Abnormal immune responses have been reported in patients with bipolar disorder (BD), mostly involving number and activity of leucocytes and the balance between pro- and anti-inflammatory cytokines in blood. What lies at the root of the immune system aberrations is still unclear. Intestinal permeability, along with alterations in the intestinal microbiota, may be a significant factor driving the immune dysregulation in BD.

In a post-hoc analysis of a study investigating simvastatin augmentation for recent-onset psychotic disorder (SMRI 12T-008)5,, twenty-four patients with recent onset schizophrenia and twenty-four healthy controls were included in the analyses.
We found a mean level of LBP of 9.3ng/ml (SD 5.5) in the controls, which was significantly lower than the 13.4ng/ml (SD 7.6) found in the SCZ patients (p=0.05).

Although the pattern of LBP levels might be complex in this patient population, it is rational to hypothesize that probiotic treatment may be more effective in patients with higher serum LBP, corresponding to increased intestinal permeability6.

In a novel randomized controlled trial we investigate
- Whether intestinal permeability improving probiotics have an effect on symptom severity in patients with psychotic or bipolar disorders that have increased intestinal permeability (LBP ≥ median)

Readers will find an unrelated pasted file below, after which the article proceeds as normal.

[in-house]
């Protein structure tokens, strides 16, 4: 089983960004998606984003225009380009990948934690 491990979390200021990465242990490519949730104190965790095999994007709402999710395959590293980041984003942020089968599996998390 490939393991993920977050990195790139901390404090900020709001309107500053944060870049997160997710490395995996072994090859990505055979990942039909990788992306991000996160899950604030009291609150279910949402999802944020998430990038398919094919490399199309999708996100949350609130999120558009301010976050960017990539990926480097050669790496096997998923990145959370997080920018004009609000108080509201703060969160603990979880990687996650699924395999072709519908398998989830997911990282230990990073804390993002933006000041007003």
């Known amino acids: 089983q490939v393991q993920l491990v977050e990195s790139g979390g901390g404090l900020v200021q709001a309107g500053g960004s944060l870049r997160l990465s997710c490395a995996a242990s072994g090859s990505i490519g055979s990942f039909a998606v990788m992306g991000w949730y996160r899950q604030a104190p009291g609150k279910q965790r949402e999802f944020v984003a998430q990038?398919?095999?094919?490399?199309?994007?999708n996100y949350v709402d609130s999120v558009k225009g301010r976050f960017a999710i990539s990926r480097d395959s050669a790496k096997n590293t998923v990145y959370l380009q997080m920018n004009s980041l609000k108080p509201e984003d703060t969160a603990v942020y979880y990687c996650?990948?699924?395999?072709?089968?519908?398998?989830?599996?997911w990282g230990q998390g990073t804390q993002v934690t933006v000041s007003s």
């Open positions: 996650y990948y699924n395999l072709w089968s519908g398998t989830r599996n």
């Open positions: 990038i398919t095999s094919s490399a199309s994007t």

- Which factors (LBP, intestinal inflammation (fecal calprotectin), intestinal microbiome, and others) can best predict individual treatment response to probiotics
- We will also investigate whether treatment with probiotics have a beneficial effect on immune parameters, metabolic syndrome features, cognition, side-effects, general functioning and gastrointestinal complaints

The probiotic formulation is specifically selected for its beneficial effect on intestinal permeability.

Stool and blood samples will be analyzed to identify optimal biomarkers (serum LBP, fecal calprotectin, intestinal microbiome) for response to probiotics.

Another unanswered question is how these immune abnormalities exert their effect on the brain. Strikingly few studies have investigated activity of the brain’s immune system in living BD patients.

We plan to perform neuroinflammation PET scans and diffusion tensor MRI scans at baseline and after completion in a subsample (n=44) of this RCT to assess the associations between intestinal functioning and glial cell (microglia/oligodendrocyte) functioning.
Original languageEnglish
Publication statusPublished - Jun-2020
Event22nd Annual Conference of the International Society for Bipolar Disorders -
Duration: 18-Jun-202021-Jun-2020


Conference22nd Annual Conference of the International Society for Bipolar Disorders
Abbreviated titleISBD 2020
Internet address

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